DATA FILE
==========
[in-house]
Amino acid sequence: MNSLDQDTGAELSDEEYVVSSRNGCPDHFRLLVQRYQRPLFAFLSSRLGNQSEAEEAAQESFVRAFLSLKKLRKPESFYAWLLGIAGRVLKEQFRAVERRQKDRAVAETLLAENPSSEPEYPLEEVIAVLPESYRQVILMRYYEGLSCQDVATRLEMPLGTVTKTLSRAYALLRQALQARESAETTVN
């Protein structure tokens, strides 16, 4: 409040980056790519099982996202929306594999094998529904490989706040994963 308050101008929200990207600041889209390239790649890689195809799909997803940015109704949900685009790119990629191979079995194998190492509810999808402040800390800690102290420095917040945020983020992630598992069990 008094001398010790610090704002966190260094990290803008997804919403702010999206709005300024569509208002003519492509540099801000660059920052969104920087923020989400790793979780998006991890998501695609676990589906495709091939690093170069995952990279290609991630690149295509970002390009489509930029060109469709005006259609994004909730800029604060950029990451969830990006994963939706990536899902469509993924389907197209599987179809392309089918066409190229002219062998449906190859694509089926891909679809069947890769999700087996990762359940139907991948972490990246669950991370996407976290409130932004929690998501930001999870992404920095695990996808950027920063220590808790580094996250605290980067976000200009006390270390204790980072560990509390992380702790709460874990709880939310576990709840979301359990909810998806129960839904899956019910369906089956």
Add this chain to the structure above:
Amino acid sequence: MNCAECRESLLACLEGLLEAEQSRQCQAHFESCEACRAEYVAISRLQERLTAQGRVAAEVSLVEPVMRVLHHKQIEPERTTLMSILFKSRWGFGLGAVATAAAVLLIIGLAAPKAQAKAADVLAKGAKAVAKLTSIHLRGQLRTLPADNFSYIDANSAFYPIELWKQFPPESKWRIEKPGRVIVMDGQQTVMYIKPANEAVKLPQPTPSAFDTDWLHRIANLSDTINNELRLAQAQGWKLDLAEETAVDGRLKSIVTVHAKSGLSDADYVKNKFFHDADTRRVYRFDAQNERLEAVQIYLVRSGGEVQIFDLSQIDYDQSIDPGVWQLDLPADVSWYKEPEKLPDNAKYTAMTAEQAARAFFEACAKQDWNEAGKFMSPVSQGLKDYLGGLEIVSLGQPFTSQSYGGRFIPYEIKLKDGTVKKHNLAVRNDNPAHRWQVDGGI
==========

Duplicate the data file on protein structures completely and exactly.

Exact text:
[in-house]
Amino acid sequence: MNSLDQDTGAELSDEEYVVSSRNGCPDHFRLLVQRYQRPLFAFLSSRLGNQSEAEEAAQESFVRAFLSLKKLRKPESFYAWLLGIAGRVLKEQFRAVERRQKDRAVAETLLAENPSSEPEYPLEEVIAVLPESYRQVILMRYYEGLSCQDVATRLEMPLGTVTKTLSRAYALLRQALQARESAETTVN
């Protein structure tokens, strides 16, 4: 409040980056790519099982996202929306594999094998529904490989706040994963 308050101008929200990207600041889209390239790649890689195809799909997803940015109704949900685009790119990629191979079995194998190492509810999808402040800390800690102290420095917040945020983020992630598992069990 008094001398010790610090704002966190260094990290803008997804919403702010999206709005300024569509208002003519492509540099801000660059920052969104920087923020989400790793979780998006991890998501695609676990589906495709091939690093170069995952990279290609991630690149295509970002390009489509930029060109469709005006259609994004909730800029604060950029990451969830990006994963939706990536899902469509993924389907197209599987179809392309089918066409190229002219062998449906190859694509089926891909679809069947890769999700087996990762359940139907991948972490990246669950991370996407976290409130932004929690998501930001999870992404920095695990996808950027920063220590808790580094996250605290980067976000200009006390270390204790980072560990509390992380702790709460874990709880939310576990709840979301359990909810998806129960839904899956019910369906089956």
Add this chain to the structure above:
Amino acid sequence: MNCAECRESLLACLEGLLEAEQSRQCQAHFESCEACRAEYVAISRLQERLTAQGRVAAEVSLVEPVMRVLHHKQIEPERTTLMSILFKSRWGFGLGAVATAAAVLLIIGLAAPKAQAKAADVLAKGAKAVAKLTSIHLRGQLRTLPADNFSYIDANSAFYPIELWKQFPPESKWRIEKPGRVIVMDGQQTVMYIKPANEAVKLPQPTPSAFDTDWLHRIANLSDTINNELRLAQAQGWKLDLAEETAVDGRLKSIVTVHAKSGLSDADYVKNKFFHDADTRRVYRFDAQNERLEAVQIYLVRSGGEVQIFDLSQIDYDQSIDPGVWQLDLPADVSWYKEPEKLPDNAKYTAMTAEQAARAFFEACAKQDWNEAGKFMSPVSQGLKDYLGGLEIVSLGQPFTSQSYGGRFIPYEIKLKDGTVKKHNLAVRNDNPAHRWQVDGGI